For example, one thing that bothered me, let me give you some congressional dynamics. When I ran against a guy named Lionel Van Deerlin in 1980, I sold my house to run because I couldn’t raise any money. And this is a guy who won fairly handily over his 18 year career. In the seat I ran for, which was only 29 percent Republican, you had to draw straws to see who HAD to run as a Republican. The district next door was a good Republican district. It had good numbers and the Republican who won the primary would probably win. So you had Republicans spending millions fighting for the seat which was a sure thing in terms of being an ‘R’. And in the seat which we needed to take, which is the one that I took from Lionel Van Deerlin, we had no help from the party. So that’s a problem we’ve always had. We end up spending a ton of money and resources going after safe Republican seats. I know it’s always going to happen, because we are all independent contractors, and everybody’s got a right to run. But being able to spend resources, to reserve resources for those take-able seats is very, very important. Because you really do have to run the equivalent of a 50 state strategy in congressional districts if you want to take back the House, where you win seats that you didn’t anticipate winning. We have got to take some of those marginal seats back!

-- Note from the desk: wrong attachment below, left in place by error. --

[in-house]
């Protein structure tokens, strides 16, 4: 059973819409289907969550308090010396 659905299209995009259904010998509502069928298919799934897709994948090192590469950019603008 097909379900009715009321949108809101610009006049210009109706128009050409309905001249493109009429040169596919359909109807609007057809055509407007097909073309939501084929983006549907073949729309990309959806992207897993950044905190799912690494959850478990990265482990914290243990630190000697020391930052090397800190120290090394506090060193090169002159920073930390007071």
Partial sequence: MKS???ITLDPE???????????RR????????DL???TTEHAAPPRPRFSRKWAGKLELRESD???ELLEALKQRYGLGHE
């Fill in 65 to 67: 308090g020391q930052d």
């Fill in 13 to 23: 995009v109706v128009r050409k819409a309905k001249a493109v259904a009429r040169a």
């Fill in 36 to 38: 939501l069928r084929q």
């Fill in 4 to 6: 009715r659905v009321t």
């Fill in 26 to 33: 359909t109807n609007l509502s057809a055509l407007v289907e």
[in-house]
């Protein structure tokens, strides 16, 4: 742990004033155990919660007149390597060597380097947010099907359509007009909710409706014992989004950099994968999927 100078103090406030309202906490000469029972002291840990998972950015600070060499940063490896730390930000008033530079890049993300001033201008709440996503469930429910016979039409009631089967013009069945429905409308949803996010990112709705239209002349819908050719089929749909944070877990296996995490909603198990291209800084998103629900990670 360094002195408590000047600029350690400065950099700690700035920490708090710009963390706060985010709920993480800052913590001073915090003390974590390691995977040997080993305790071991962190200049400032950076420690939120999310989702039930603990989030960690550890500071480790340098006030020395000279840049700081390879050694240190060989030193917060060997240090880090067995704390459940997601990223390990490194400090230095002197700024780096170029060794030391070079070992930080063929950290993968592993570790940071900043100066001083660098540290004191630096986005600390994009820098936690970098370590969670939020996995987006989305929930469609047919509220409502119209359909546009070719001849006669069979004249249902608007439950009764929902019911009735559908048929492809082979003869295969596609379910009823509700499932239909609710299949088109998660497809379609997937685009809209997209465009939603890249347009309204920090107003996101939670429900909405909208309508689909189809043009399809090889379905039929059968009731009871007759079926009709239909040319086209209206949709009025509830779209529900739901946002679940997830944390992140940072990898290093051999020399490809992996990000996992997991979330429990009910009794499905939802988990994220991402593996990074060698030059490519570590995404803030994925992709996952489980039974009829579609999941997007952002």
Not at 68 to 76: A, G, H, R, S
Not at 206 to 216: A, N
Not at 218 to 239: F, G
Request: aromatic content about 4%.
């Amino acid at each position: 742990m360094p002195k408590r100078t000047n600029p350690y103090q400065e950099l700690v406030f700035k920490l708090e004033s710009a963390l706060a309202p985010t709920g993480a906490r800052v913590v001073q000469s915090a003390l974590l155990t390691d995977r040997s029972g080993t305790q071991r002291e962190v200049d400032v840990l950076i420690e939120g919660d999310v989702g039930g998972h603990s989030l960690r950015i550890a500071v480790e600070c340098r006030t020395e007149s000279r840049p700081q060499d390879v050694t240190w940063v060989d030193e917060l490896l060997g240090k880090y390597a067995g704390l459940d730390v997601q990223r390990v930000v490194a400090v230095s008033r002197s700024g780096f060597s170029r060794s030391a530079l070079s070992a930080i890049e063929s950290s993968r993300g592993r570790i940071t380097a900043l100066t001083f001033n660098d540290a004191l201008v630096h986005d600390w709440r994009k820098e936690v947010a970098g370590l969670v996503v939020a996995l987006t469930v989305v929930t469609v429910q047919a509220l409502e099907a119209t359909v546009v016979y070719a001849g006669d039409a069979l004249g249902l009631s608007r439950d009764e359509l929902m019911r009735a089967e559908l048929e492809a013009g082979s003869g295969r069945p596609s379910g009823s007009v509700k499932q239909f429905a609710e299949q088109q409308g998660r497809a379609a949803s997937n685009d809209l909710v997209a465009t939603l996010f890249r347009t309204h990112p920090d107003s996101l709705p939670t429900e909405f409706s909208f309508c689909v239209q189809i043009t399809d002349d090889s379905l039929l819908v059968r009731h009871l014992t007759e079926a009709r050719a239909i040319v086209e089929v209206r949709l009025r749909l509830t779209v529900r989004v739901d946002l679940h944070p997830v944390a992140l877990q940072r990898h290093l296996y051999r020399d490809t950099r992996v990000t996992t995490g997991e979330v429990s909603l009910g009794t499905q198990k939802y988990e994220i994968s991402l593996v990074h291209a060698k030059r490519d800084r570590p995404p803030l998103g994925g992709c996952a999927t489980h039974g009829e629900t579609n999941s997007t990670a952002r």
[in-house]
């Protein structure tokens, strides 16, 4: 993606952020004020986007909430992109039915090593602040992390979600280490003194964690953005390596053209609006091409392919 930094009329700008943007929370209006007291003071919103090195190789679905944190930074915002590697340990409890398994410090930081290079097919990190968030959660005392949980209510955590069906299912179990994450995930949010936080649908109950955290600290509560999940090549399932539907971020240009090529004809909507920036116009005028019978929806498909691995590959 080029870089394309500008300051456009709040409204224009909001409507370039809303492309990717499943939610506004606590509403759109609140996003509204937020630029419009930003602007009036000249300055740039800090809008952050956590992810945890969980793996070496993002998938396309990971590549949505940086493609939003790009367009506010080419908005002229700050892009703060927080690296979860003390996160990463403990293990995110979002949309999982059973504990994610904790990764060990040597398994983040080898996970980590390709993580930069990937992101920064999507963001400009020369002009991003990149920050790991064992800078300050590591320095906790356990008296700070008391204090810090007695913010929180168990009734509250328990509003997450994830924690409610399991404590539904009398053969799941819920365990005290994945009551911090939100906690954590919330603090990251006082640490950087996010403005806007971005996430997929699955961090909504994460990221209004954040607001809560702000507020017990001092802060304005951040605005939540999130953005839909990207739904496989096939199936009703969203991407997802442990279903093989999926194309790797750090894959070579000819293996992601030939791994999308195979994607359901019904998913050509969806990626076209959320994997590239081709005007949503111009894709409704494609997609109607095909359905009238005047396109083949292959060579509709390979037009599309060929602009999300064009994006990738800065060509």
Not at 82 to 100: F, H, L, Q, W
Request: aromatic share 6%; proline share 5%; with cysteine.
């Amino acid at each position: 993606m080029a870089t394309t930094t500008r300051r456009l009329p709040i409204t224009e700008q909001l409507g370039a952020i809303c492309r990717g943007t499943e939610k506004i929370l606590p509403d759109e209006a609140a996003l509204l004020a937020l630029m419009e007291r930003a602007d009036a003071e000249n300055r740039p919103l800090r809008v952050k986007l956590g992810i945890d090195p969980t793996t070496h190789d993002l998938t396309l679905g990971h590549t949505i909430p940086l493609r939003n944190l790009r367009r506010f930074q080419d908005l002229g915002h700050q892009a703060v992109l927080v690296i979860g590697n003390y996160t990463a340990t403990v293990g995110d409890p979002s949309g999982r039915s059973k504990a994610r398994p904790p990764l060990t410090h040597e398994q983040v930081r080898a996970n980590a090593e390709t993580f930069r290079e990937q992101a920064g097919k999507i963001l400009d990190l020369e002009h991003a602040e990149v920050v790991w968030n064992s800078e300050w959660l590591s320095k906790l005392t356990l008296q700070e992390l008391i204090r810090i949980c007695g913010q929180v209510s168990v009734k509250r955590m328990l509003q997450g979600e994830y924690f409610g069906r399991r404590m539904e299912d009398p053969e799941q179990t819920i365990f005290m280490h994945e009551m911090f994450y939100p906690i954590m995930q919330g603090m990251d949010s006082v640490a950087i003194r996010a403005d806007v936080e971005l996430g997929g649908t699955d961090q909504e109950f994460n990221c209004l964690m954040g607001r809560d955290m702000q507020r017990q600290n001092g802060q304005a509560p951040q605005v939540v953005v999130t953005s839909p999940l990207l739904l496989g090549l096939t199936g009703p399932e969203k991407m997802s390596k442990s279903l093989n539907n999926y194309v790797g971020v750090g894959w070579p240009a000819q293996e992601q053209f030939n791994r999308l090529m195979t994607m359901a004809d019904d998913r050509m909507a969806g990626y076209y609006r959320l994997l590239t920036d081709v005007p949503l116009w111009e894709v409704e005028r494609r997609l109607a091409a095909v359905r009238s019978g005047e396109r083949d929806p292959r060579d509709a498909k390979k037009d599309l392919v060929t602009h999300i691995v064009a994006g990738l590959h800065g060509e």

DF: Let’s say we do those back and get back control like you’re talking about and the pendulum pushes the other way and a good conservative is in power. Where to you begin to rebuild and restore this country, to what we, you and I, the people on this phone I know, love and want and that is our vision of this country. Can it be pushed back? Can the destruction be repaired?